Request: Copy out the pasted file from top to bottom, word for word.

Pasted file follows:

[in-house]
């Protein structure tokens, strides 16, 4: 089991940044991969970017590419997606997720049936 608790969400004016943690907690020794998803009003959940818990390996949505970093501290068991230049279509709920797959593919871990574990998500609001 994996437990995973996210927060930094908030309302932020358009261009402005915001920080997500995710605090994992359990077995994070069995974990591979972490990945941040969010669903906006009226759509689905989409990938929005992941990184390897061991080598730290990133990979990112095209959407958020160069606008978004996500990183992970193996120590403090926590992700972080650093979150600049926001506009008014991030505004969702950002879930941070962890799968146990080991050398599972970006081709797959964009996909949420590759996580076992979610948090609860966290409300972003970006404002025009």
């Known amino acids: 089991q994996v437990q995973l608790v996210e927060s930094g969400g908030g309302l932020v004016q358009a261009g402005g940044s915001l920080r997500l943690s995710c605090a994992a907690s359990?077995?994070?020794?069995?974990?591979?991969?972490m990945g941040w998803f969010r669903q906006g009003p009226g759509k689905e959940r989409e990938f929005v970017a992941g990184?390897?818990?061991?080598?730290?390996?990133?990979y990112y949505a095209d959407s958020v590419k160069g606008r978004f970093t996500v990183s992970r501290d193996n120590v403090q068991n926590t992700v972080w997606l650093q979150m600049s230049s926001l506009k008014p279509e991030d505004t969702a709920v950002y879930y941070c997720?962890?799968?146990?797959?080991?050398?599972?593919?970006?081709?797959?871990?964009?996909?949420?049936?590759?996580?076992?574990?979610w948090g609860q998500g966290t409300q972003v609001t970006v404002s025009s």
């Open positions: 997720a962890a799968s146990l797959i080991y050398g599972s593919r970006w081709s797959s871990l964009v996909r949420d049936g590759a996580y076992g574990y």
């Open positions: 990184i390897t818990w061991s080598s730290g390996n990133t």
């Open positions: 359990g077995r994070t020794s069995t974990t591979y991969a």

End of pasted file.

[in-house]
């Protein structure tokens, strides 16, 4: 089991940044991969970017590419997606997720049936 608790969400004016943690907690020794998803009003959940818990390996949505970093501290068991230049279509709920797959593919871990574990998500609001 994996437990995973996210927060930094908030309302932020358009261009402005915001920080997500995710605090994992359990077995994070069995974990591979972490990945941040969010669903906006009226759509689905989409990938929005992941990184390897061991080598730290990133990979990112095209959407958020160069606008978004996500990183992970193996120590403090926590992700972080650093979150600049926001506009008014991030505004969702950002879930941070962890799968146990080991050398599972970006081709797959964009996909949420590759996580076992979610948090609860966290409300972003970006404002025009």
């Known amino acids: 089991q994996v437990q995973l608790v996210e927060s930094g969400g908030g309302l932020v004016q358009a261009g402005g940044s915001l920080r997500l943690s995710c605090a994992a907690s359990?077995?994070?020794?069995?974990?591979?991969?972490m990945g941040w998803f969010r669903q906006g009003p009226g759509k689905e959940r989409e990938f929005v970017a992941g990184?390897?818990?061991?080598?730290?390996?990133?990979y990112y949505a095209d959407s958020v590419k160069g606008r978004f970093t996500v990183s992970r501290d193996n120590v403090q068991n926590t992700v972080w997606l650093q979150m600049s230049s926001l506009k008014p279509e991030d505004t969702a709920v950002y879930y941070c997720?962890?799968?146990?797959?080991?050398?599972?593919?970006?081709?797959?871990?964009?996909?949420?049936?590759?996580?076992?574990?979610w948090g609860q998500g966290t409300q972003v609001t970006v404002s025009s």
């Open positions: 997720a962890a799968s146990l797959i080991y050398g599972s593919r970006w081709s797959s871990l964009v996909r949420d049936g590759a996580y076992g574990y």
């Open positions: 990184i390897t818990w061991s080598s730290g390996n990133t």
């Open positions: 359990g077995r994070t020794s069995t974990t591979y991969a």